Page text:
Serena mulls lifting Indian Wells boycott

MELBOURNE - Women’s world number one Serena Williams has held out the possibility of lifting her 13-year boycott of the Indian Wells tournament after being inspired by a movie about Nelson Mandela, the American said at the Australian Open on Friday.
Serena Williams of the U.S. celebrates defeating Daniela Hantuchova of Slovakia during their women’s singles match.  Net photo
Serena Williams of the U.S. celebrates defeating Daniela Hantuchova of Slovakia during their women’s singles match. Net photo

Women’s Singles: 3rd round results
Dellacqua     bt     Zheng        6-2, 6-4
Kerber     bt    Riske        6-3, 6-4
Makarova     bt     Niculescu    6-4, 6-4
Bouchard     bt    Davis        6-2, 6-2
Pennetta     bt     Barthel        6-1, 7-5
Azarenka     bt Záhlavová Strýcová 6-1, 6-4

MELBOURNE - Women’s world number one Serena Williams has held out the possibility of lifting her 13-year boycott of the Indian Wells tournament after being inspired by a movie about Nelson Mandela, the American said at the Australian Open on Friday.

Fourth seed Li Na saved a match point before rallying past a combative Lucie Safarova to record a 1-6 7-6 6-3 third round victory and avoid becoming the highest-ranked casualty in the first week.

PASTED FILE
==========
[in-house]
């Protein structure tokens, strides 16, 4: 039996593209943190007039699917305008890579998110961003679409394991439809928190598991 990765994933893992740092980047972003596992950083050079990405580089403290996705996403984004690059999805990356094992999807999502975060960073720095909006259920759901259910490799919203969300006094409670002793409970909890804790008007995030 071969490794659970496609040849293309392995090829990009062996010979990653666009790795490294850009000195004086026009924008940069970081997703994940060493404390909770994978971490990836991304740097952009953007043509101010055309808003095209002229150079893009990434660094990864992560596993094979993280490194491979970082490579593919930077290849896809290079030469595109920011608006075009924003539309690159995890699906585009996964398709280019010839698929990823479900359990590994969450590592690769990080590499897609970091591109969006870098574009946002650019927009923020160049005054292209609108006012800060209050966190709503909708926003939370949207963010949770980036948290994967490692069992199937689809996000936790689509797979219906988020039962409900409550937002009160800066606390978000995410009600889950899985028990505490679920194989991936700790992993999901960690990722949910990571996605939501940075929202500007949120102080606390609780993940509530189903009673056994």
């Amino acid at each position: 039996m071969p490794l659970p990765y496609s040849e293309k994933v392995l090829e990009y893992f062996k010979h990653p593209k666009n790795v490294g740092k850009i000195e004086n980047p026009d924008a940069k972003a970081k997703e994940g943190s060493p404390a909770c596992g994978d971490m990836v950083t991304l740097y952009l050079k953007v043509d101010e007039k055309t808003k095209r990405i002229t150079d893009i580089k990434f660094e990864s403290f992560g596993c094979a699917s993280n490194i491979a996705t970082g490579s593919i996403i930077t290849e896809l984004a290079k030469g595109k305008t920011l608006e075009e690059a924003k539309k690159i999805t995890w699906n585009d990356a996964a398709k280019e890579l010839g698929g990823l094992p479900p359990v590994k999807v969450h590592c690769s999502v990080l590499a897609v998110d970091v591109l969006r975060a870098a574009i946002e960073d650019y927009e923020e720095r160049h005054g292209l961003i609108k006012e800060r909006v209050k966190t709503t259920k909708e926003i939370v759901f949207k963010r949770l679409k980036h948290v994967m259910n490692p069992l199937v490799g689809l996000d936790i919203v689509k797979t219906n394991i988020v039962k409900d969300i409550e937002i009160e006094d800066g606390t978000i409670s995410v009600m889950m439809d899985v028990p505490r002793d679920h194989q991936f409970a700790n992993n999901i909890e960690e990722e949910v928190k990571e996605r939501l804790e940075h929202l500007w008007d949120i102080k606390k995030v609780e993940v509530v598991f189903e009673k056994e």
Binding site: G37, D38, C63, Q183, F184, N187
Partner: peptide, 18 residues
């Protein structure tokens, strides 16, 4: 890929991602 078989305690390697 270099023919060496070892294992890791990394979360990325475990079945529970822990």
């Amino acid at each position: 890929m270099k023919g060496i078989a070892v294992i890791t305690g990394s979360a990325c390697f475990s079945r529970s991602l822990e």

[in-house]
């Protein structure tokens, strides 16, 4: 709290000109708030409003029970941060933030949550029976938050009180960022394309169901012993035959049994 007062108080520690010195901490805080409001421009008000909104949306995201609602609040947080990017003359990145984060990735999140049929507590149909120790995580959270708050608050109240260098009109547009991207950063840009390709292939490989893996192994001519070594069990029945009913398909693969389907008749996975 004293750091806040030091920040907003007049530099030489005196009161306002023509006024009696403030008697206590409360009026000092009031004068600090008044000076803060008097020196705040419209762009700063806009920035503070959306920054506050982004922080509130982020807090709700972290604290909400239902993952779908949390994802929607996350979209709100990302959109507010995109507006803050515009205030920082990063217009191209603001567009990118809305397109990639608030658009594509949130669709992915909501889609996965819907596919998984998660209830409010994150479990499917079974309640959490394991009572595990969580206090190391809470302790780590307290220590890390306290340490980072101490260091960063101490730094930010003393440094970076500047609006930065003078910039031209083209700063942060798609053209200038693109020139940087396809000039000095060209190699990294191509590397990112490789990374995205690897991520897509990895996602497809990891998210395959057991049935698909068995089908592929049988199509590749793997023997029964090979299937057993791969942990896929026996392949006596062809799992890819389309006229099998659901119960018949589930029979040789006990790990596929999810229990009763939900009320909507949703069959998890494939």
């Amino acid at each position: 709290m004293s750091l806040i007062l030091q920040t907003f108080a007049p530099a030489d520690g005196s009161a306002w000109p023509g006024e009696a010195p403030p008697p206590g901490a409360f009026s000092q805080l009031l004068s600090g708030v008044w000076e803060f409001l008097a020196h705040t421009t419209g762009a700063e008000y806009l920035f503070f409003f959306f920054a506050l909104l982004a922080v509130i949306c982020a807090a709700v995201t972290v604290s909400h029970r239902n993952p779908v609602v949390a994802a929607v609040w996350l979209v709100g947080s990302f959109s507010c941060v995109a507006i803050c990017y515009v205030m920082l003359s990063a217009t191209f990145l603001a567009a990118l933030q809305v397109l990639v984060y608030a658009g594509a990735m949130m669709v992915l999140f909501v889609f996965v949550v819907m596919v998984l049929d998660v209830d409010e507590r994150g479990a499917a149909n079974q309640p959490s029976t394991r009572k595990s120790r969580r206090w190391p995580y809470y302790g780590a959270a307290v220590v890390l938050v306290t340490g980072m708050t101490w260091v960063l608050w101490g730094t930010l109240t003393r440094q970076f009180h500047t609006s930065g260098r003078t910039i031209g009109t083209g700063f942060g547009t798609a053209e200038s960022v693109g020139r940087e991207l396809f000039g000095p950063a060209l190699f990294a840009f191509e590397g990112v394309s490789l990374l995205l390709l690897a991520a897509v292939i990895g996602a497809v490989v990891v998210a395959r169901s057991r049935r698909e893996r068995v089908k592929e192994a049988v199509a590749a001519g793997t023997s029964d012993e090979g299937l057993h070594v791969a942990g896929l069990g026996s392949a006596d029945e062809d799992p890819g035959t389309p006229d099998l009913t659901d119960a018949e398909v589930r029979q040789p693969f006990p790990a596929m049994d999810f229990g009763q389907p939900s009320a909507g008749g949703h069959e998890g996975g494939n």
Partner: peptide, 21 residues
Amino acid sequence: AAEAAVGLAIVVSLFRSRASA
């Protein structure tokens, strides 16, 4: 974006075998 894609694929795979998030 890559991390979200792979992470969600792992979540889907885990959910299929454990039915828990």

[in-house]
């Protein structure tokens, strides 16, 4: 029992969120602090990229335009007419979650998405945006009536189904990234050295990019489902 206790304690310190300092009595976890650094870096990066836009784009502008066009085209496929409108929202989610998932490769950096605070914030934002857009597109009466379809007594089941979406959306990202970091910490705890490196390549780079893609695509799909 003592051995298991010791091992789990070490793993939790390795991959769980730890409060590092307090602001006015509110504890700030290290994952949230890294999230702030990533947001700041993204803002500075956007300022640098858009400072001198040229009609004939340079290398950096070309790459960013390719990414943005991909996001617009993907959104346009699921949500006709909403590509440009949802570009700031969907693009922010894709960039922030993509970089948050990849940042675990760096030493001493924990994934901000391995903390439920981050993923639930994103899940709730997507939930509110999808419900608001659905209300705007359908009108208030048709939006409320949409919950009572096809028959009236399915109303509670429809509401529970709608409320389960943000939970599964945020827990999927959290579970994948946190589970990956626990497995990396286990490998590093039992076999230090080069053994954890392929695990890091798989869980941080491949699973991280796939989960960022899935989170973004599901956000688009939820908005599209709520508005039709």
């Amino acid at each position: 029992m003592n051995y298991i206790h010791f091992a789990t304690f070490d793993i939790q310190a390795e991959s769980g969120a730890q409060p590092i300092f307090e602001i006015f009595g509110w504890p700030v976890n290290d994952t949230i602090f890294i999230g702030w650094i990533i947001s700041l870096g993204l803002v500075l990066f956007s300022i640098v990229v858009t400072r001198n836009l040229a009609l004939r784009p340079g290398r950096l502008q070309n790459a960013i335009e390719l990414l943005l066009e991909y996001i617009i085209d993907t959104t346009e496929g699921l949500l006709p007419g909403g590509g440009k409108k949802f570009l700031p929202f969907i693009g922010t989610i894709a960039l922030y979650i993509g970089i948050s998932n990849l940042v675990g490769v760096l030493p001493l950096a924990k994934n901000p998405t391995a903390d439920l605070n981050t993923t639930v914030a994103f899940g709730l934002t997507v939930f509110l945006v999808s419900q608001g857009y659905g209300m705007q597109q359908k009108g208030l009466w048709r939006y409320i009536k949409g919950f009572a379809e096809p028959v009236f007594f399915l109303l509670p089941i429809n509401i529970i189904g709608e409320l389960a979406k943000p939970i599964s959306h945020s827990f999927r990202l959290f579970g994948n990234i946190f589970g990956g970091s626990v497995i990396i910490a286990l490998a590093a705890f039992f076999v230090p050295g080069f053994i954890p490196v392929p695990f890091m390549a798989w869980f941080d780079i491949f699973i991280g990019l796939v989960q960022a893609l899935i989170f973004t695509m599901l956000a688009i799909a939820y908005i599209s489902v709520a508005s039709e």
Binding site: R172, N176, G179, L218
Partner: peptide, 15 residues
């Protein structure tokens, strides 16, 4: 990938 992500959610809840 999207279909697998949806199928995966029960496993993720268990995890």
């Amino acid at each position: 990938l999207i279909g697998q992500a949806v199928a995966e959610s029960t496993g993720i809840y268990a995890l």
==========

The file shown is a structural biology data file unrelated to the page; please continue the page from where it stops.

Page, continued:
Williams, who eased into the fourth round with a victory over Daniela Hantuchova, and older sister Venus have never returned to the tournament in the California desert after being jeered by spectators in a controversial final in 2001.

Spectators vented their displeasure with the late withdrawal during the final, booing 19-year-old Serena in her match against Belgian Kim Clijsters and also jeering her sister and father Richard Williams when the pair arrived to watch the match.

Richard Williams alleged he had heard racist taunts from the crowd and the family have not returned since. Serena was asked if Mandela’s message of reconciliation might have led her to re-consider her boycott.

“It actually crossed my mind a couple days ago, or after I saw the movie,” the 32-year-old told reporters at Melbourne Park.

“I thought about it... Right now I don’t know. I just have to focus on this tournament.  “But I think Mandela was a really amazing man. I felt really honoured to have a chance to meet him, get to know him a little bit, and get to know his story a little better.”

RECORD WIN

Williams reached the fourth round in Melbourne with a dominant 6-3 6-3 win over the 31st-seeded Slovak Hantuchova at Rod Laver Arena on Friday.

She next faces either Australia’s Sam Stosur or Serbian Ana Ivanovic, who play in the evening session. Agencies

The win was a record 61st for Williams at the Australian Open, putting the American past Australian Margaret Court’s 60.

Williams defeated Romania’s Irina Spirlea, a former top 10 player, in her Melbourne Park debut in 1998 before being beaten in the second round by Venus.

Williams has won five titles at Melbourne Park since her debut at the year’s first grand slam 16 years ago and is a hot favourite to win a sixth after a dominant season last year when she won the French and U.S. Opens.

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